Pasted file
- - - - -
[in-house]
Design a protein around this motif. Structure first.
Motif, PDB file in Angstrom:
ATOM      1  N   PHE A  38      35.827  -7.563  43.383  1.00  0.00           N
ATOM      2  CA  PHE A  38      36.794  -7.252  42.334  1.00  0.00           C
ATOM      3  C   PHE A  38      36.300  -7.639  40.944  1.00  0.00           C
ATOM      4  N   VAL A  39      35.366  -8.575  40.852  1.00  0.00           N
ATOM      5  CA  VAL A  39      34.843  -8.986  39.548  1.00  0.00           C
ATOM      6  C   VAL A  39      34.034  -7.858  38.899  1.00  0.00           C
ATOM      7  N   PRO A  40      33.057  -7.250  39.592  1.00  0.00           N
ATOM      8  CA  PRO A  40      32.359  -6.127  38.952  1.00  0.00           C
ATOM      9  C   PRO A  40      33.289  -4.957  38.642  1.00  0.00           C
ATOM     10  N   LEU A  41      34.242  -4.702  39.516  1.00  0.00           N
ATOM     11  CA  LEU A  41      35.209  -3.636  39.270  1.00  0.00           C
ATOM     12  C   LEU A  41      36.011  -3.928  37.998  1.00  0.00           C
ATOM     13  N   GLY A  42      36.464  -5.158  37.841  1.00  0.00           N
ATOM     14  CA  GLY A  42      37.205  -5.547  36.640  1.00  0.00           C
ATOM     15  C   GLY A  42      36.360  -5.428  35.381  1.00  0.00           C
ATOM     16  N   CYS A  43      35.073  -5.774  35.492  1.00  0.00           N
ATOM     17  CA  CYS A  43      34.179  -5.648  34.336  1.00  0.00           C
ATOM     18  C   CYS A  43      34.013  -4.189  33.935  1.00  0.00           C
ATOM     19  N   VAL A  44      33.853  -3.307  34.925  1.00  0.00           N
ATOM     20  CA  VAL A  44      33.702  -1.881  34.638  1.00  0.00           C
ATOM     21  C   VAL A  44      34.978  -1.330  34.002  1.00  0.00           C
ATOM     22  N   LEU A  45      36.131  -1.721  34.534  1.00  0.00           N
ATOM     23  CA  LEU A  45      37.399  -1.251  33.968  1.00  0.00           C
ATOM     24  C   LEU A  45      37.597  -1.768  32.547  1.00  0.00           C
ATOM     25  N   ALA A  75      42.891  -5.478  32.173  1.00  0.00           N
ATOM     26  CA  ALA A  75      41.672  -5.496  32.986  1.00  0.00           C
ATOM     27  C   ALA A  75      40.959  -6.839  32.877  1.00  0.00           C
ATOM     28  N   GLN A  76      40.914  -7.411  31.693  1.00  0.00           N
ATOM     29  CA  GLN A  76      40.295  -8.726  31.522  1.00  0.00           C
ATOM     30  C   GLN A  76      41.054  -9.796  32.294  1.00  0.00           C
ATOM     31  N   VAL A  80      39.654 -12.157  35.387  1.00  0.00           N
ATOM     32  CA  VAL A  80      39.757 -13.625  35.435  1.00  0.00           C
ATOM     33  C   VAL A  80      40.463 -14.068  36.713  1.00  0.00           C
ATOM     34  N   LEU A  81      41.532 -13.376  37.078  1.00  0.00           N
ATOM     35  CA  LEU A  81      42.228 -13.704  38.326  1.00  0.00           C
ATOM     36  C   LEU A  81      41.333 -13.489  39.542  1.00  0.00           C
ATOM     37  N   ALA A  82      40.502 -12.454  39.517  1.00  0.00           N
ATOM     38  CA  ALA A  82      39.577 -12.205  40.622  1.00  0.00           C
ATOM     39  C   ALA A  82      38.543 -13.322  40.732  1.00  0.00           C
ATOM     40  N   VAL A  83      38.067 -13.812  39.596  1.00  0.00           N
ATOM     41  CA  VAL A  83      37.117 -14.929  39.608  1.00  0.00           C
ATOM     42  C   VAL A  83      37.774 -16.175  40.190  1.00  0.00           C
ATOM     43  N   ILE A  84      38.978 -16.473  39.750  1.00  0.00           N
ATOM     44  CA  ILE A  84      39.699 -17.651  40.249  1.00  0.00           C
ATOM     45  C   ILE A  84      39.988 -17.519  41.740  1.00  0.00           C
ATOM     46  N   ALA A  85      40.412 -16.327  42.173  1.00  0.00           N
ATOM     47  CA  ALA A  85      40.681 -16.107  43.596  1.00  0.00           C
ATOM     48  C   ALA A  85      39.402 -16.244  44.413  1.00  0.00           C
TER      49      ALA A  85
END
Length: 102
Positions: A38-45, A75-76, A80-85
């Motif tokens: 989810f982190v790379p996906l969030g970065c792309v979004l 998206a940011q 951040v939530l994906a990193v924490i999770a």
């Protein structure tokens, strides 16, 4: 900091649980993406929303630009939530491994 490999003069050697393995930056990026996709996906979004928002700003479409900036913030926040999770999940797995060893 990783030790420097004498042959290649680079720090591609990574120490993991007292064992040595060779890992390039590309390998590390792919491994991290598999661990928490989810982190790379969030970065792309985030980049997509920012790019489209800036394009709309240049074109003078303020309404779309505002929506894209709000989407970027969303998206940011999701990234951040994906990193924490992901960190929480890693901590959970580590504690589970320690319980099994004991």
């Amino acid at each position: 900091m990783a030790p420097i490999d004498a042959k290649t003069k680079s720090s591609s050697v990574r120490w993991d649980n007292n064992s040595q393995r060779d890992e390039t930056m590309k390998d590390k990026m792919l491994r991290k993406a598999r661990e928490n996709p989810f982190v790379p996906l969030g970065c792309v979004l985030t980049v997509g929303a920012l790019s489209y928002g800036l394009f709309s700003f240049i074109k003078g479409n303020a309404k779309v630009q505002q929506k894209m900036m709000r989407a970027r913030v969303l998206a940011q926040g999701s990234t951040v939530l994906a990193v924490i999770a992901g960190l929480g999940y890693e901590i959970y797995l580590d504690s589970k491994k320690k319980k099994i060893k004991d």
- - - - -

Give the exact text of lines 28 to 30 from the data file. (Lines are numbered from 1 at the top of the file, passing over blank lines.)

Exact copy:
ATOM     25  N   ALA A  75      42.891  -5.478  32.173  1.00  0.00           N
ATOM     26  CA  ALA A  75      41.672  -5.496  32.986  1.00  0.00           C
ATOM     27  C   ALA A  75      40.959  -6.839  32.877  1.00  0.00           C